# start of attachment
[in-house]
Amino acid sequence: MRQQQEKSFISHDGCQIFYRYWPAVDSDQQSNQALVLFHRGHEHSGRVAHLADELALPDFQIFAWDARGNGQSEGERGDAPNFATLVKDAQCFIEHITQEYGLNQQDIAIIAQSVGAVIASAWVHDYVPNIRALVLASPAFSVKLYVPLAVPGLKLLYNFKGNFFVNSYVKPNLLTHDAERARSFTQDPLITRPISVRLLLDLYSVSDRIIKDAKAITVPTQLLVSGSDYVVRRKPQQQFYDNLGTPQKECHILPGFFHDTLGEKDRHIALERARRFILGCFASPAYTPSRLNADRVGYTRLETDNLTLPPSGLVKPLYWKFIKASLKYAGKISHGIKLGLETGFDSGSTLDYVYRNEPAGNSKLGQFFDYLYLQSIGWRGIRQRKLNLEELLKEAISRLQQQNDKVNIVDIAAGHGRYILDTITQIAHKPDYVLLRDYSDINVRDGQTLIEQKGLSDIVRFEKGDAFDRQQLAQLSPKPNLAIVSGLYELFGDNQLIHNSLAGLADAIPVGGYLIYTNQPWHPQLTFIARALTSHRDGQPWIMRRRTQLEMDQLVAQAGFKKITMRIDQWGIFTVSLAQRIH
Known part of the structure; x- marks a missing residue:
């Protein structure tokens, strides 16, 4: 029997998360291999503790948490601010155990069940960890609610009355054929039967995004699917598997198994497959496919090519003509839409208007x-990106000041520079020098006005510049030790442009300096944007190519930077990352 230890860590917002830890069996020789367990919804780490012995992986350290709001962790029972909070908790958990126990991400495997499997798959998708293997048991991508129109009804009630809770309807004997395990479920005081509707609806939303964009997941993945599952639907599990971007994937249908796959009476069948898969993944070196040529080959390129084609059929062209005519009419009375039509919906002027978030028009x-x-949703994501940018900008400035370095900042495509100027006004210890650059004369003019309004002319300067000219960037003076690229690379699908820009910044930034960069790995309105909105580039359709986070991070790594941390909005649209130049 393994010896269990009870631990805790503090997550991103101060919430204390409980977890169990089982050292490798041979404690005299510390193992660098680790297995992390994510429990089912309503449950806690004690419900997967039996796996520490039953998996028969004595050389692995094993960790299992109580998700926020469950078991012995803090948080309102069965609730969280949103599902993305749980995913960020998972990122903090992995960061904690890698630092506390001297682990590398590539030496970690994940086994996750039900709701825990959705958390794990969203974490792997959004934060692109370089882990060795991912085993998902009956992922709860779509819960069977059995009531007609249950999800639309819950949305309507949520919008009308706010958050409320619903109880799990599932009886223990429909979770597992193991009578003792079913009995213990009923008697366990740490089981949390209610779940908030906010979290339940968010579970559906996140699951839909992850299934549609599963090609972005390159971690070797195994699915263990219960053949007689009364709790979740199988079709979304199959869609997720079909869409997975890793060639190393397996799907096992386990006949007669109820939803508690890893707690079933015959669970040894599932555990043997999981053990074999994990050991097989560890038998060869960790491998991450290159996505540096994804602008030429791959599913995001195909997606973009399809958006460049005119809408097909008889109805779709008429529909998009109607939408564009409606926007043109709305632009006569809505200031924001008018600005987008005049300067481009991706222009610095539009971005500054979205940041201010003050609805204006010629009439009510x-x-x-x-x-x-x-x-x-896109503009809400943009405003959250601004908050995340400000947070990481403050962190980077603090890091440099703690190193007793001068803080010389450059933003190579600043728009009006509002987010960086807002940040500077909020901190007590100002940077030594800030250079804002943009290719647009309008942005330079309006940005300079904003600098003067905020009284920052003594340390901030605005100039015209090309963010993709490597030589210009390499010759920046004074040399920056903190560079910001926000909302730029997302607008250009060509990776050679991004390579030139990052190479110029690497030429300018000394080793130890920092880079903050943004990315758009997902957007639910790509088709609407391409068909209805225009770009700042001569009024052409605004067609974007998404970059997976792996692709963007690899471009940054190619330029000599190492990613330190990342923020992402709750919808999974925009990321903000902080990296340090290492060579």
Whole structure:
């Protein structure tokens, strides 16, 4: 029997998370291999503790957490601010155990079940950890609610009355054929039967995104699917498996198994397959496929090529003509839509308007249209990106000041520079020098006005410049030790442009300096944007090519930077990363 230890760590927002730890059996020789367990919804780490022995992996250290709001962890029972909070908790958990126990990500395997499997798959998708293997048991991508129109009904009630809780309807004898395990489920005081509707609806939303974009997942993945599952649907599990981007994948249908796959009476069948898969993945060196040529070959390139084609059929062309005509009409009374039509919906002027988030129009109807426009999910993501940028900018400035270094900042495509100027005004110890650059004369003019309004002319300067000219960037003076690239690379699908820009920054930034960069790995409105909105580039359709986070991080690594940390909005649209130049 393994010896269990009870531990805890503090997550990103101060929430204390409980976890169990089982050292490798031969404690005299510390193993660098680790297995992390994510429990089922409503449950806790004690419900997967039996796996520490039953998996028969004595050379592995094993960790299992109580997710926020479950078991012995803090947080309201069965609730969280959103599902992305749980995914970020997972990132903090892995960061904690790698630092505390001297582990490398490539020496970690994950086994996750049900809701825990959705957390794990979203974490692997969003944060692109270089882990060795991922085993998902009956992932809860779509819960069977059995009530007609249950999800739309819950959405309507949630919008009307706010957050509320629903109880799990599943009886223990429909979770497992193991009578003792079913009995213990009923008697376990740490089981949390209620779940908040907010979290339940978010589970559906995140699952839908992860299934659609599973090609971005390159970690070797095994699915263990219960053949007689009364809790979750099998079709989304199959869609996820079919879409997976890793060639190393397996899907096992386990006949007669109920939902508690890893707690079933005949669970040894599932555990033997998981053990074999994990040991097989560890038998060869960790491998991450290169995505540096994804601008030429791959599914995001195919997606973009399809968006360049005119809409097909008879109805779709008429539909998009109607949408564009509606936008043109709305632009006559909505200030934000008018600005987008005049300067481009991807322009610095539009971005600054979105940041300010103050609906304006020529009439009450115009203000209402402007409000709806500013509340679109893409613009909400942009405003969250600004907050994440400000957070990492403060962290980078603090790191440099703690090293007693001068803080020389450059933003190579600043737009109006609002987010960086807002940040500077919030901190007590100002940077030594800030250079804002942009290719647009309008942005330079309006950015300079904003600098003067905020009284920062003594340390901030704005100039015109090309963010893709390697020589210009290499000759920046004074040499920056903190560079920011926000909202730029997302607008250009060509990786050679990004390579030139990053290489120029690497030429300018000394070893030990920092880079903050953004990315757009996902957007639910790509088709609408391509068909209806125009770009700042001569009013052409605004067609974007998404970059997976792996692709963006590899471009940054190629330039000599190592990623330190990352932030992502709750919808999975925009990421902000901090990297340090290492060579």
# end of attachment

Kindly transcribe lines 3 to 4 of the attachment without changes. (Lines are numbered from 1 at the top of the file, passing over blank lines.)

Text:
Known part of the structure; x- marks a missing residue:
């Protein structure tokens, strides 16, 4: 029997998360291999503790948490601010155990069940960890609610009355054929039967995004699917598997198994497959496919090519003509839409208007x-990106000041520079020098006005510049030790442009300096944007190519930077990352 230890860590917002830890069996020789367990919804780490012995992986350290709001962790029972909070908790958990126990991400495997499997798959998708293997048991991508129109009804009630809770309807004997395990479920005081509707609806939303964009997941993945599952639907599990971007994937249908796959009476069948898969993944070196040529080959390129084609059929062209005519009419009375039509919906002027978030028009x-x-949703994501940018900008400035370095900042495509100027006004210890650059004369003019309004002319300067000219960037003076690229690379699908820009910044930034960069790995309105909105580039359709986070991070790594941390909005649209130049 393994010896269990009870631990805790503090997550991103101060919430204390409980977890169990089982050292490798041979404690005299510390193992660098680790297995992390994510429990089912309503449950806690004690419900997967039996796996520490039953998996028969004595050389692995094993960790299992109580998700926020469950078991012995803090948080309102069965609730969280949103599902993305749980995913960020998972990122903090992995960061904690890698630092506390001297682990590398590539030496970690994940086994996750039900709701825990959705958390794990969203974490792997959004934060692109370089882990060795991912085993998902009956992922709860779509819960069977059995009531007609249950999800639309819950949305309507949520919008009308706010958050409320619903109880799990599932009886223990429909979770597992193991009578003792079913009995213990009923008697366990740490089981949390209610779940908030906010979290339940968010579970559906996140699951839909992850299934549609599963090609972005390159971690070797195994699915263990219960053949007689009364709790979740199988079709979304199959869609997720079909869409997975890793060639190393397996799907096992386990006949007669109820939803508690890893707690079933015959669970040894599932555990043997999981053990074999994990050991097989560890038998060869960790491998991450290159996505540096994804602008030429791959599913995001195909997606973009399809958006460049005119809408097909008889109805779709008429529909998009109607939408564009409606926007043109709305632009006569809505200031924001008018600005987008005049300067481009991706222009610095539009971005500054979205940041201010003050609805204006010629009439009510x-x-x-x-x-x-x-x-x-896109503009809400943009405003959250601004908050995340400000947070990481403050962190980077603090890091440099703690190193007793001068803080010389450059933003190579600043728009009006509002987010960086807002940040500077909020901190007590100002940077030594800030250079804002943009290719647009309008942005330079309006940005300079904003600098003067905020009284920052003594340390901030605005100039015209090309963010993709490597030589210009390499010759920046004074040399920056903190560079910001926000909302730029997302607008250009060509990776050679991004390579030139990052190479110029690497030429300018000394080793130890920092880079903050943004990315758009997902957007639910790509088709609407391409068909209805225009770009700042001569009024052409605004067609974007998404970059997976792996692709963007690899471009940054190619330029000599190492990613330190990342923020992402709750919808999974925009990321903000902080990296340090290492060579």